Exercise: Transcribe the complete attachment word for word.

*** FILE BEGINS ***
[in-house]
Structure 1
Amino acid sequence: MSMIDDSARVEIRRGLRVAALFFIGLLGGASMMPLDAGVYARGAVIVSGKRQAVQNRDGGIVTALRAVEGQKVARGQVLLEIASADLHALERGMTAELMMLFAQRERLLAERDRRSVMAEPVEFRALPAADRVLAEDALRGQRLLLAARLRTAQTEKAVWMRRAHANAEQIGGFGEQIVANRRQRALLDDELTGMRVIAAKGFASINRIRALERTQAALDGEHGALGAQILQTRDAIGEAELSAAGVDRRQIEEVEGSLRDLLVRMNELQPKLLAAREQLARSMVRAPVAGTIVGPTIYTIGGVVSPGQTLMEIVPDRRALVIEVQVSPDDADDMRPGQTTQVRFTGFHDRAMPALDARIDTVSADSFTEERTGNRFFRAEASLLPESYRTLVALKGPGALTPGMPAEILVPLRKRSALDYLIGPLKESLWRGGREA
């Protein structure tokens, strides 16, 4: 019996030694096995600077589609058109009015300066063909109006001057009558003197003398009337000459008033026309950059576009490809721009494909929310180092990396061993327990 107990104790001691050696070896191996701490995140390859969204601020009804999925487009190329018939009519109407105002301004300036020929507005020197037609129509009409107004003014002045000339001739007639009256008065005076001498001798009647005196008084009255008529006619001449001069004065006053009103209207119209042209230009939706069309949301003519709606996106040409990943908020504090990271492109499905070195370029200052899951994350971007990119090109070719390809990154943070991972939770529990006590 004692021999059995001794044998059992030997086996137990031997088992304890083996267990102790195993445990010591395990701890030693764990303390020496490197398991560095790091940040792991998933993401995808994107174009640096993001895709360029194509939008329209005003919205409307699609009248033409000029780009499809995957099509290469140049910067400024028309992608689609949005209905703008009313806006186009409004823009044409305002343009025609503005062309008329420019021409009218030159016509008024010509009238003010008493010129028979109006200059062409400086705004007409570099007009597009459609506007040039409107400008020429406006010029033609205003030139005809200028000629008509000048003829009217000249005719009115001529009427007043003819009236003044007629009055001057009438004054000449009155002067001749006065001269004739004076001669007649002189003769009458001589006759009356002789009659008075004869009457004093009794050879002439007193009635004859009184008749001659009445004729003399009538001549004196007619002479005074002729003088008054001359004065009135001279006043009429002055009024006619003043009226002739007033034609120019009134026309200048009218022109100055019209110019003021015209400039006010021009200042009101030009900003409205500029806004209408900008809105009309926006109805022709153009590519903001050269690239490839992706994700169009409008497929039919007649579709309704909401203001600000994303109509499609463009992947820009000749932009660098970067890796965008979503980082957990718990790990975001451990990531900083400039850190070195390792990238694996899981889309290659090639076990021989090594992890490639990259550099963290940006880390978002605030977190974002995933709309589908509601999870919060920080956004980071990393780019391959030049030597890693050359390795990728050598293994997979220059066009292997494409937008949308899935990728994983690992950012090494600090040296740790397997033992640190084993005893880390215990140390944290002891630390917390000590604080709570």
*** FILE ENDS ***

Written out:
[in-house]
Structure 1
Amino acid sequence: MSMIDDSARVEIRRGLRVAALFFIGLLGGASMMPLDAGVYARGAVIVSGKRQAVQNRDGGIVTALRAVEGQKVARGQVLLEIASADLHALERGMTAELMMLFAQRERLLAERDRRSVMAEPVEFRALPAADRVLAEDALRGQRLLLAARLRTAQTEKAVWMRRAHANAEQIGGFGEQIVANRRQRALLDDELTGMRVIAAKGFASINRIRALERTQAALDGEHGALGAQILQTRDAIGEAELSAAGVDRRQIEEVEGSLRDLLVRMNELQPKLLAAREQLARSMVRAPVAGTIVGPTIYTIGGVVSPGQTLMEIVPDRRALVIEVQVSPDDADDMRPGQTTQVRFTGFHDRAMPALDARIDTVSADSFTEERTGNRFFRAEASLLPESYRTLVALKGPGALTPGMPAEILVPLRKRSALDYLIGPLKESLWRGGREA
């Protein structure tokens, strides 16, 4: 019996030694096995600077589609058109009015300066063909109006001057009558003197003398009337000459008033026309950059576009490809721009494909929310180092990396061993327990 107990104790001691050696070896191996701490995140390859969204601020009804999925487009190329018939009519109407105002301004300036020929507005020197037609129509009409107004003014002045000339001739007639009256008065005076001498001798009647005196008084009255008529006619001449001069004065006053009103209207119209042209230009939706069309949301003519709606996106040409990943908020504090990271492109499905070195370029200052899951994350971007990119090109070719390809990154943070991972939770529990006590 004692021999059995001794044998059992030997086996137990031997088992304890083996267990102790195993445990010591395990701890030693764990303390020496490197398991560095790091940040792991998933993401995808994107174009640096993001895709360029194509939008329209005003919205409307699609009248033409000029780009499809995957099509290469140049910067400024028309992608689609949005209905703008009313806006186009409004823009044409305002343009025609503005062309008329420019021409009218030159016509008024010509009238003010008493010129028979109006200059062409400086705004007409570099007009597009459609506007040039409107400008020429406006010029033609205003030139005809200028000629008509000048003829009217000249005719009115001529009427007043003819009236003044007629009055001057009438004054000449009155002067001749006065001269004739004076001669007649002189003769009458001589006759009356002789009659008075004869009457004093009794050879002439007193009635004859009184008749001659009445004729003399009538001549004196007619002479005074002729003088008054001359004065009135001279006043009429002055009024006619003043009226002739007033034609120019009134026309200048009218022109100055019209110019003021015209400039006010021009200042009101030009900003409205500029806004209408900008809105009309926006109805022709153009590519903001050269690239490839992706994700169009409008497929039919007649579709309704909401203001600000994303109509499609463009992947820009000749932009660098970067890796965008979503980082957990718990790990975001451990990531900083400039850190070195390792990238694996899981889309290659090639076990021989090594992890490639990259550099963290940006880390978002605030977190974002995933709309589908509601999870919060920080956004980071990393780019391959030049030597890693050359390795990728050598293994997979220059066009292997494409937008949308899935990728994983690992950012090494600090040296740790397997033992640190084993005893880390215990140390944290002891630390917390000590604080709570």